Hutcheson Lakes and Cony Lake, 06/28/2003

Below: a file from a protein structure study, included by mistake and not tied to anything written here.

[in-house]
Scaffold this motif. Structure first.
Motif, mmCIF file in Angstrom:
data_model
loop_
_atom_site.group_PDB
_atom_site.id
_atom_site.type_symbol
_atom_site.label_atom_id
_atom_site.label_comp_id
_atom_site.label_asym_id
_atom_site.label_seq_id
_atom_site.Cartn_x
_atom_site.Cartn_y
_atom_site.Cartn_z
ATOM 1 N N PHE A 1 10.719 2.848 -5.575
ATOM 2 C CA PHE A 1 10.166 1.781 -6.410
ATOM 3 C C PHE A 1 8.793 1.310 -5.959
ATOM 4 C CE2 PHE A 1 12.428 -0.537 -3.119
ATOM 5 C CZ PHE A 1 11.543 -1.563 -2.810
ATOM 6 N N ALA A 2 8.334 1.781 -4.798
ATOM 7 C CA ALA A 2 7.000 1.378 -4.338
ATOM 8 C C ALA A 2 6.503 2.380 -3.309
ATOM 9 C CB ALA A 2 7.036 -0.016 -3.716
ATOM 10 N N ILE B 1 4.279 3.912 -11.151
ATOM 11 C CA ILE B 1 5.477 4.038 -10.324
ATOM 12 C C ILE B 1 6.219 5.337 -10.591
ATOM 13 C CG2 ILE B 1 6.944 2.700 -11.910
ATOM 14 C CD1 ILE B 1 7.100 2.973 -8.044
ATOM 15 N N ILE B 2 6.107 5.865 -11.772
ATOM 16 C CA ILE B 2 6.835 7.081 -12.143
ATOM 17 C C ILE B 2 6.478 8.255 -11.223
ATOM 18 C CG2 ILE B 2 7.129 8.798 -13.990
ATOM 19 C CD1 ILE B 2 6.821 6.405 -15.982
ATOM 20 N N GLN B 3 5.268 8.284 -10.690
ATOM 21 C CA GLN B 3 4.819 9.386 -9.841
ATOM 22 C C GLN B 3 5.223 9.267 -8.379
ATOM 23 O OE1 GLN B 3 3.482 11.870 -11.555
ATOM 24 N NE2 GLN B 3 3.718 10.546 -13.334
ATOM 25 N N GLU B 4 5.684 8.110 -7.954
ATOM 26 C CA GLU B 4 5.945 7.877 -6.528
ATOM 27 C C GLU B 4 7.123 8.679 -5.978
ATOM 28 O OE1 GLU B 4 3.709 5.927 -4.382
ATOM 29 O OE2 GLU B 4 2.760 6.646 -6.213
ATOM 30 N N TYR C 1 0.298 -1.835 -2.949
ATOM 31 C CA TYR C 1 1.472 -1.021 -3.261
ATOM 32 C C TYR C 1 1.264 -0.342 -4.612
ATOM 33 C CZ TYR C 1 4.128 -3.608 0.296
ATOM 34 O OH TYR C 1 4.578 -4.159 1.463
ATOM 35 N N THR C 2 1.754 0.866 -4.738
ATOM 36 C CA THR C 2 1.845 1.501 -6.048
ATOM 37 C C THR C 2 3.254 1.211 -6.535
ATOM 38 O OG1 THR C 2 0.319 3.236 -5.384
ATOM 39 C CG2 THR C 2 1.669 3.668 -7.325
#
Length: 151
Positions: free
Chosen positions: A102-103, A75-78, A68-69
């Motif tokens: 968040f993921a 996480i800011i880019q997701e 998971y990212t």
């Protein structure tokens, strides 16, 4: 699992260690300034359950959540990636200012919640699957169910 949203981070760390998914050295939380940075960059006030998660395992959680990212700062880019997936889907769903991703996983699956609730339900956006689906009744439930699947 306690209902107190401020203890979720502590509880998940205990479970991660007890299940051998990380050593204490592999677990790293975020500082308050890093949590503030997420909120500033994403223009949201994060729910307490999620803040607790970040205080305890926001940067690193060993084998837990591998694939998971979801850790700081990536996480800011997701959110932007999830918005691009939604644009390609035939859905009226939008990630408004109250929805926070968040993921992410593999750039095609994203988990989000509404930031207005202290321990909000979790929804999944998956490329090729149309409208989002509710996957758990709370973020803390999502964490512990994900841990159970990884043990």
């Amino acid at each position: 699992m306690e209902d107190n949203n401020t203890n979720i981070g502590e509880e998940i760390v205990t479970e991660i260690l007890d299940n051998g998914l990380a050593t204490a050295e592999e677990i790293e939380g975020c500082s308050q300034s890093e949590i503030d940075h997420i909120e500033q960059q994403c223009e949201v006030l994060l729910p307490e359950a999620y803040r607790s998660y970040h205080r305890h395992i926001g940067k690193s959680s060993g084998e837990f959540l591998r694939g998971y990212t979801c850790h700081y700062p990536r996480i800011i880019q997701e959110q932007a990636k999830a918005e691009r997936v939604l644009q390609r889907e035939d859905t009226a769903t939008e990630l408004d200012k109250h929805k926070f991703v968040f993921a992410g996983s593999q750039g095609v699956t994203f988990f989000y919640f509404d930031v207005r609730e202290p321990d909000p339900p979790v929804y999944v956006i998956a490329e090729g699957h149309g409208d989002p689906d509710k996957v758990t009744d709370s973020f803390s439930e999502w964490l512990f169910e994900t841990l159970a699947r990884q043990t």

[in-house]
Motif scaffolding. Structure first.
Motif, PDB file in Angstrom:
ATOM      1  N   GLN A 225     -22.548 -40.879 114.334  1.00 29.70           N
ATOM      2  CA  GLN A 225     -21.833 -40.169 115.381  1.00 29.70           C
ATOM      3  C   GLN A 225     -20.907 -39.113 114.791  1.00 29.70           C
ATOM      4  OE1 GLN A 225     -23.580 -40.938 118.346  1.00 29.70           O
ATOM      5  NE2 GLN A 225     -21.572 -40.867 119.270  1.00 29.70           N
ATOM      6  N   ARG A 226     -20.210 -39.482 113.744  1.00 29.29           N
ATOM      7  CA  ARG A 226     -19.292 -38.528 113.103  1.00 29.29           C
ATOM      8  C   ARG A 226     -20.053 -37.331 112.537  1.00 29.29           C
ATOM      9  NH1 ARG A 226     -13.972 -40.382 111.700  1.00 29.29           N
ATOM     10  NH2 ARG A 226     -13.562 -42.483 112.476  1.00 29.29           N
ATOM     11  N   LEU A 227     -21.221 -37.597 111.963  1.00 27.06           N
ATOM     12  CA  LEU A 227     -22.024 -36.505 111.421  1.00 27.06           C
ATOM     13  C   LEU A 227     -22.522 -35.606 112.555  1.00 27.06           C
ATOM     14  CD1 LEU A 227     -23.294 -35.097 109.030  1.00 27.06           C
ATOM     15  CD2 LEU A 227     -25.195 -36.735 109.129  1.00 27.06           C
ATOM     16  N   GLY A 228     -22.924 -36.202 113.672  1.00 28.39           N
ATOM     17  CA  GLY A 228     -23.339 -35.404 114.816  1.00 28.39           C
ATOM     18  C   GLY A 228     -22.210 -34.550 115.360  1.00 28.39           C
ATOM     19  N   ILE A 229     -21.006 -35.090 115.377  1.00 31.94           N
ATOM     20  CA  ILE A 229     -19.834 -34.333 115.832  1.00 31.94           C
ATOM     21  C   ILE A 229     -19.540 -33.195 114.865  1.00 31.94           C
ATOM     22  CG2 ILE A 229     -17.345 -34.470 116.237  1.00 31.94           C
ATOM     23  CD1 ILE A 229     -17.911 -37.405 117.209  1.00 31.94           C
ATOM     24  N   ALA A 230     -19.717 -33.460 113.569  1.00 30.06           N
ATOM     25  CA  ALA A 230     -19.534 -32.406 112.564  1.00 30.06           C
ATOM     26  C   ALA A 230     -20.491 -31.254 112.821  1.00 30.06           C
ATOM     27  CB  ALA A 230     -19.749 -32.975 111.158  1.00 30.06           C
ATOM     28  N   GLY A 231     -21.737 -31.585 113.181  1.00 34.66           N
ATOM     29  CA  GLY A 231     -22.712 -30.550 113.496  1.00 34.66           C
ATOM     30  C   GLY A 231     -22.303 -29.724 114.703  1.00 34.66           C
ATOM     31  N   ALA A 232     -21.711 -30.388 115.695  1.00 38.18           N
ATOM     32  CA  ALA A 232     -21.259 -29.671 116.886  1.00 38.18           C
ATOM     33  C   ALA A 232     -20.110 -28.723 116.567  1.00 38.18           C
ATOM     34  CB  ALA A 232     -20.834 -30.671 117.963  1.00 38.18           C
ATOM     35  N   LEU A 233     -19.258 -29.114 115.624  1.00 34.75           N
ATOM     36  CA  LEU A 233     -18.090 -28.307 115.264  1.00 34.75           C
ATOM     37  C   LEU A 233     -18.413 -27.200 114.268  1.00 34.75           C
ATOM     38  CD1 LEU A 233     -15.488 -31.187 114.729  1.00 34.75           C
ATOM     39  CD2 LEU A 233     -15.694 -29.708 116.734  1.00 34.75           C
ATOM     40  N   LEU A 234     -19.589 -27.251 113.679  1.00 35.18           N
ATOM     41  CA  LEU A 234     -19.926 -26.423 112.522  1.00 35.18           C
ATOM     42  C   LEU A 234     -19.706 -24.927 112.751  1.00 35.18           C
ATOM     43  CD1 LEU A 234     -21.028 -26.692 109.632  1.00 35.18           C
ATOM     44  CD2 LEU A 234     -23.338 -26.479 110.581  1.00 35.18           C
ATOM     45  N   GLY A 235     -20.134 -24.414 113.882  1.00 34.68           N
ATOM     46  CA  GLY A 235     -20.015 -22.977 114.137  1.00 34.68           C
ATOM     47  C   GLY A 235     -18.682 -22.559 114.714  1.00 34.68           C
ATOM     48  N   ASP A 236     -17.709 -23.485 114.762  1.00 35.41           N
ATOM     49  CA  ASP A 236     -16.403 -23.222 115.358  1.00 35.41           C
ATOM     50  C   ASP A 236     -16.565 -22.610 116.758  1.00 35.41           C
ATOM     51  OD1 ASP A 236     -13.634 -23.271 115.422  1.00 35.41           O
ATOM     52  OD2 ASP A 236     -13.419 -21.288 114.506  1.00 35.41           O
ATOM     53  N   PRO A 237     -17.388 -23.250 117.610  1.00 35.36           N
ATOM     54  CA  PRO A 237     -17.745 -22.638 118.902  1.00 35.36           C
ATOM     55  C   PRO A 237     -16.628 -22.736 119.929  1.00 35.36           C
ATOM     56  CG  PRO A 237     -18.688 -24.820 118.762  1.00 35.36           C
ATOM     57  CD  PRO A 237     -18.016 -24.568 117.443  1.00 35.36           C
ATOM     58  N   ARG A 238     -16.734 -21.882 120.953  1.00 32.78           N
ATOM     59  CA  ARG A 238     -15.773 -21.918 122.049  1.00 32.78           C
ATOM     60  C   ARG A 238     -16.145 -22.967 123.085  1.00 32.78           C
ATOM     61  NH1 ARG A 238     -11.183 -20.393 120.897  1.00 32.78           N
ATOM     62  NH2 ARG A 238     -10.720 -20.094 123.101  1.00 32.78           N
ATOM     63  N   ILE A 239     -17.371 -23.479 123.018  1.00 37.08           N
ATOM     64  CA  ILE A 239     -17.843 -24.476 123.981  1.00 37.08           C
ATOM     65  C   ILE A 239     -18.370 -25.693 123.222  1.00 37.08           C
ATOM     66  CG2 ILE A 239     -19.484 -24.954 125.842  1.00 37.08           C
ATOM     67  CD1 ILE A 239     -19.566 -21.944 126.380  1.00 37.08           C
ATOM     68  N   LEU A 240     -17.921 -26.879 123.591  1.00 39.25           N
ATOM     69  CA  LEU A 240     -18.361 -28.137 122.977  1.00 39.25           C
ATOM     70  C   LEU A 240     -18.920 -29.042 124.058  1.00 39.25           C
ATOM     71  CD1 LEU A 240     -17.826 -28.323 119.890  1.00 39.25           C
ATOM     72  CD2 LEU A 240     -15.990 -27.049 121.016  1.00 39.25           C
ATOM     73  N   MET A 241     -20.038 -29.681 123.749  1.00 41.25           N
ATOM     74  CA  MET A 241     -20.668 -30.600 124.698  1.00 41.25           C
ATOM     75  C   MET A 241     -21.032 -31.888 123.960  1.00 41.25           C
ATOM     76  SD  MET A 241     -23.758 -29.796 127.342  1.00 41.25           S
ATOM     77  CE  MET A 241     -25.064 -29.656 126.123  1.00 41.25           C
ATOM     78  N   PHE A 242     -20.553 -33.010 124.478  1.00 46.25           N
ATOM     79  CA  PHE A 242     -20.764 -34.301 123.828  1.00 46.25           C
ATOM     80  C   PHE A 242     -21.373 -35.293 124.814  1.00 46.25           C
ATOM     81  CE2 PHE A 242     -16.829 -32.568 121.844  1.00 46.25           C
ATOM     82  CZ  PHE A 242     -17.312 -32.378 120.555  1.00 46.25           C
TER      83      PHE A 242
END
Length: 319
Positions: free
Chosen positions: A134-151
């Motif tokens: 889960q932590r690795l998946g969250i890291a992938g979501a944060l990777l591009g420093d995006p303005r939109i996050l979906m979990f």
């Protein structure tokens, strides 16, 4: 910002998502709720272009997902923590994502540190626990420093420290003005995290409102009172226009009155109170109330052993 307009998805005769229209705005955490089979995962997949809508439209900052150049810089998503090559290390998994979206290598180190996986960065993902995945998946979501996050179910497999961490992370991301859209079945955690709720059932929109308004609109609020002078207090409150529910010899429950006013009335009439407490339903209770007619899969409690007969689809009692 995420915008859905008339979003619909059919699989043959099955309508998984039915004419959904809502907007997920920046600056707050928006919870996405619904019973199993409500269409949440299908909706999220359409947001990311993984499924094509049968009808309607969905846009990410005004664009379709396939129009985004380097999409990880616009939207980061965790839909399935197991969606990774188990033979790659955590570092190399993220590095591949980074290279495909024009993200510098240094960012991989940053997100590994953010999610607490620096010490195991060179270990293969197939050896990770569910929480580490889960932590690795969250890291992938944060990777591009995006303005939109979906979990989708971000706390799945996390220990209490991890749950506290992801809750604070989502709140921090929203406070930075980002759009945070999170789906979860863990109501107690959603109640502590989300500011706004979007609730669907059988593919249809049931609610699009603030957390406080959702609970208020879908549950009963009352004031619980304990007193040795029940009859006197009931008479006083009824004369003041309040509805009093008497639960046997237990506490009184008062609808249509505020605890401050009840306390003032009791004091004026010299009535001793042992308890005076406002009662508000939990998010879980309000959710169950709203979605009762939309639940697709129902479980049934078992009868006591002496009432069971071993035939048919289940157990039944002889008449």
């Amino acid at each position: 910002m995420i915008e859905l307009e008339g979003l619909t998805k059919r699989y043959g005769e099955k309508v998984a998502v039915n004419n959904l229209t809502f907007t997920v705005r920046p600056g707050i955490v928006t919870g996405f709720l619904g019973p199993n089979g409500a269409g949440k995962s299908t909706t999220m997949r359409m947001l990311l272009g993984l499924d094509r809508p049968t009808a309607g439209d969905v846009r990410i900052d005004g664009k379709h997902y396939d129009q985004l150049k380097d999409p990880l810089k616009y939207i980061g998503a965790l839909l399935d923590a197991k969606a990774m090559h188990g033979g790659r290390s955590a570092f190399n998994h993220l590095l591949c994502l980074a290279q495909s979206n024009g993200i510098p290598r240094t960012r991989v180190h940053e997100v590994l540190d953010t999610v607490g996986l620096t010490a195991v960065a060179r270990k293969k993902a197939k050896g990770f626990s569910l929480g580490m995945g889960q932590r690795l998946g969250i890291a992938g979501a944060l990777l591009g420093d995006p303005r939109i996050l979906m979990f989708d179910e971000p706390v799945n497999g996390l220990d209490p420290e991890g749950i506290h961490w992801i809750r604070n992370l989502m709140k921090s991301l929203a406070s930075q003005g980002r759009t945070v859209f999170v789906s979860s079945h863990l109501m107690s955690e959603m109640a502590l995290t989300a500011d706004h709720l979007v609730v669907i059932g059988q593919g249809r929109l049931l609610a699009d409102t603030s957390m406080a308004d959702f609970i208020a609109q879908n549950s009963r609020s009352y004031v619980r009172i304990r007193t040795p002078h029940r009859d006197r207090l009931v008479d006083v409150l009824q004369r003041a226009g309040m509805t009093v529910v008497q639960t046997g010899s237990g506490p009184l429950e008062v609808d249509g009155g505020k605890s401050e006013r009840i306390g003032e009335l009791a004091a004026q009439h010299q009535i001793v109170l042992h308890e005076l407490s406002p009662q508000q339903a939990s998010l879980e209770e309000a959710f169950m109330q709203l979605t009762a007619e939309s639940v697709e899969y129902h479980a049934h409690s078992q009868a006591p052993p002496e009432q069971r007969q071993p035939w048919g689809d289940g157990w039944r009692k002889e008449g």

Started hiking from the Allenspark Trailhead at 7:50. There were only two other cars parked there, with plenty of space left at this small parking area. It was a cloudless sunny morning as we headed toward Finch Lake and on to Pear Lake. Before getting to Finch Lake, we passed 3 groups of people going in the opposite direction, which were the last people that we saw before our return trip. At Pear Lake, the trail ends, and we continued up toward the Hutcheson Lakes heading southwest from the inlet side of Pear Lake. The forest that we traversed between Pear Lake and treeline had about 50% of its area covered with snow. The amount of snow was reduced at treeline, where the sun could melt it more easily. At this point, we stopped to apply some sunblock. Above treeline, the scenery was outstanding. Along Cony Creek, part of a large snowbank had fractured and was leaning into the creek. On the way to Cony Lake, we crossed over some large patches of snow, but the going was mostly on rock and alpine tundra with lots of buttercups in bloom. We reached Cony Lake at about 12:15. The view from here was spectacular, with the glacier above the lake, Ogalalla Peak, Cony Pass, and Elk Tooth, on a grand scale. On a flat rock before the lake, with the place all to ourselves, we had lunch, snapped some pictures, and enjoyed the view. Uncharacteristically, at this time of day, the thunderclouds were not yet developed. We began our return trip at about 13:30. Before descending, we climbed up to a perch to the northeast of the lake, where we took more pictures, including one of an interesting large rock with criss-crossed white veins. Entering the forest again, with the help of Stefan's amazing sense of direction, we soon made it back to Pear Lake. Returning to Peak Lake can be tricky, since in the forest, the drainages go into Cony Creek and not toward Pear Lake. We returned to the truck at 16:45, making a total round trip time of 8 hours, and 55 minutes.